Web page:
Norway’s Largest Bank Beats Retreat From Oil as Losses Mount

Updated on
  • DNB to increase focus on retail customers, small businesses
  • Losses on shipping, offshore lending jumps 34% in quarter

Norway’s biggest bank is cutting back on its oil and shipping lending after a tripling of loan losses sent its stock tumbling.

DNB ASA is “rebalancing” to focus on more profitable businesses areas and plans “to take down shipping exposure as well as the commercial real estate,” Chief Executive Officer Rune Bjerke said in an interview. “And over time we will also do that with the offshore part of the book.”

The Oslo-based bank surprised investors as it more than tripled its impairments on its lending book, sending its shares plummeting as much as 9.2 percent on Tuesday. Net income fell 10 percent in the quarter, missing analyst estimates.

Norway’s Financial Supervisory Authority warned banks in June their historical loss and default estimates probably understated potential losses from oil’s decline. More debt restructuring are likely amid an overcapacity in vessels and a worsening of companies’ ability to pay their debts, the country’s central bank said that same month.

The more than 50 percent plunge in crude prices since 2014 has rippled through the economy of western Europe’s largest oil exporter. More than 30,000 industry workers have lost their jobs and there has been a wave of debt defaults for companies that service the oil producers.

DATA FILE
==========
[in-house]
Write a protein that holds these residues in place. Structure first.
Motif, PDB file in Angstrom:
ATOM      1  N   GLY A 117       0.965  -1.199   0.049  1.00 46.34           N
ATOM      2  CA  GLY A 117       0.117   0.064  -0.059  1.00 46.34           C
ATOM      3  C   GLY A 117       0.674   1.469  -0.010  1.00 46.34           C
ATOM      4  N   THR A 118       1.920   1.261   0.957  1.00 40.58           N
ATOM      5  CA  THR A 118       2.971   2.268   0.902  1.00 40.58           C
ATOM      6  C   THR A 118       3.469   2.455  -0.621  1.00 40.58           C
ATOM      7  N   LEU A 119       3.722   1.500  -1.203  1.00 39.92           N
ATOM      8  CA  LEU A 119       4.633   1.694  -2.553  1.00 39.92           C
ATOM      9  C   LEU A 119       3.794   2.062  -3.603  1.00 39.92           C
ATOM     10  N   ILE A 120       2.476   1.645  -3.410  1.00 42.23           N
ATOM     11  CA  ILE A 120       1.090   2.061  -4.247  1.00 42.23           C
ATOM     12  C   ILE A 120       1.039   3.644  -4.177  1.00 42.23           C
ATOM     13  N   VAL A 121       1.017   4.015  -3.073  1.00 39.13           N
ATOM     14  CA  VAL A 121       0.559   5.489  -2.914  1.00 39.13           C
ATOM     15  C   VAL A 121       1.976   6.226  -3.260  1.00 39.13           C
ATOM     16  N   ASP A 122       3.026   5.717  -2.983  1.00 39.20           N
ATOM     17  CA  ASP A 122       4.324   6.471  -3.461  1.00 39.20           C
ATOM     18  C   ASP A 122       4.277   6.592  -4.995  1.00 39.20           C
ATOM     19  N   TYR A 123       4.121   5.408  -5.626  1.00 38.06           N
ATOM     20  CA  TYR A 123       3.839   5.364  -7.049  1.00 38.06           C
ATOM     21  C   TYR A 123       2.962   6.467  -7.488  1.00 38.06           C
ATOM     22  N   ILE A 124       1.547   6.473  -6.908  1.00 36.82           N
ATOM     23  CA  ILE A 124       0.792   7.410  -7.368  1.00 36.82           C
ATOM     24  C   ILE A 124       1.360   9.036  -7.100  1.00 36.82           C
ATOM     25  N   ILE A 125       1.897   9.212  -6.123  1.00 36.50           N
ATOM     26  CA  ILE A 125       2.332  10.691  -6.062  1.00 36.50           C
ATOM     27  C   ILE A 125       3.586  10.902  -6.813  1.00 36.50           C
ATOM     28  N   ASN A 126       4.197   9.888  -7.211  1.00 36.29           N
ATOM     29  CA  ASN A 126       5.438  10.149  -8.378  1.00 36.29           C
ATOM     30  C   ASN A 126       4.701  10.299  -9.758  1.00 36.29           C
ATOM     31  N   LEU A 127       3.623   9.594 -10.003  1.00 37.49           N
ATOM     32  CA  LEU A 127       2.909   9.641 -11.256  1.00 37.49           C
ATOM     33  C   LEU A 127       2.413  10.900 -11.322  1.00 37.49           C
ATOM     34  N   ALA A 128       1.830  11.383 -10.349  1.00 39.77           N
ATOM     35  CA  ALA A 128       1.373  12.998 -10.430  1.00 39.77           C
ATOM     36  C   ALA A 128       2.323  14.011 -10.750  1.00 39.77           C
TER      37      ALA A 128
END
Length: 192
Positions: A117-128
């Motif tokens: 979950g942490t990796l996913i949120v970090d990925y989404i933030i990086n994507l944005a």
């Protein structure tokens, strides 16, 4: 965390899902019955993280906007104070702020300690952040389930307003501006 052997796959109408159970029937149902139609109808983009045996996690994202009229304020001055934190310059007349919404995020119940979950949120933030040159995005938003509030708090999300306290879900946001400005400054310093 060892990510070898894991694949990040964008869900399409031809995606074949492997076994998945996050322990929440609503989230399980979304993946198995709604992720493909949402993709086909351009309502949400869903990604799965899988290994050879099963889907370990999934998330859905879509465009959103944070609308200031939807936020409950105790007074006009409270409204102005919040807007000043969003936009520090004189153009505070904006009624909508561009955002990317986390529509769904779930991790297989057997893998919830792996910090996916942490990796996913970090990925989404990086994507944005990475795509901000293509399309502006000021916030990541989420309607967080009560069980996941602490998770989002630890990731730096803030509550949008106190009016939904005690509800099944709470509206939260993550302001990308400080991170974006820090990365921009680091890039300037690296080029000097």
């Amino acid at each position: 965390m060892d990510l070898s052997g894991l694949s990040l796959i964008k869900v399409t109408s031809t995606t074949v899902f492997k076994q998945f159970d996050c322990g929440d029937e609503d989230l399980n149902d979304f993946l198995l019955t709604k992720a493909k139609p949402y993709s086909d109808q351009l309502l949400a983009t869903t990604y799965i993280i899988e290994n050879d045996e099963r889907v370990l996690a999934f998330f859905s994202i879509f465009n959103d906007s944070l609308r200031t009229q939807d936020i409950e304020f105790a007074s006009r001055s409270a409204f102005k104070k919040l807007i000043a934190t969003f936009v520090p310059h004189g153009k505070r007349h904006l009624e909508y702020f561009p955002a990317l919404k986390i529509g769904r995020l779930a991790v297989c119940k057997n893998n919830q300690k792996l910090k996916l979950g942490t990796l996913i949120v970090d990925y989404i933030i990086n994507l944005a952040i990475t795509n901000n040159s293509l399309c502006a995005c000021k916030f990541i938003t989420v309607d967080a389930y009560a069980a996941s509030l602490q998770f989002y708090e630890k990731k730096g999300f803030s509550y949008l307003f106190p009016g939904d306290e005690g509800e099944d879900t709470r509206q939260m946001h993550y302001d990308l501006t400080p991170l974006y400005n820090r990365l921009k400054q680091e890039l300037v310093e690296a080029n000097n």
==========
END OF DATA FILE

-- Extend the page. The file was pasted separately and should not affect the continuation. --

Even so, Bjerke said he’s “not that pessimistic” about the oil industry as restructurings are bringing together equity holders, bond investors and the banks. DNB’s oil-related portfolio comprises about 8 percent of DNB’s total 1.94 trillion-krone loan portfolio.

“I would say that we have seen a few restructuring cases where we have brought in new equity, new investors willing to restructure the industry,” he said. Ultimately, “there will be a restructuring overall that will lead to fewer but stronger players.”

And a lower exposure for DNB.

The bank will grow its business in retail banking and in small and medium-sized businesses in Norway, where there is the “highest profitability,” he said. “What’s important to the bank now is to be able to maneuver when it comes to large corporate clients.”

The bank’s operating profit for large corporate and international customers has more than halved since the second quarter last year. Total impairments in that segment has more than tripled.

Tough competition from other Nordic banks for commercial real estate lending also means that loan book “is one of the least profitable segments for the time being,” Bjerke said. “We can find better and more profitable opportunities in other segments.”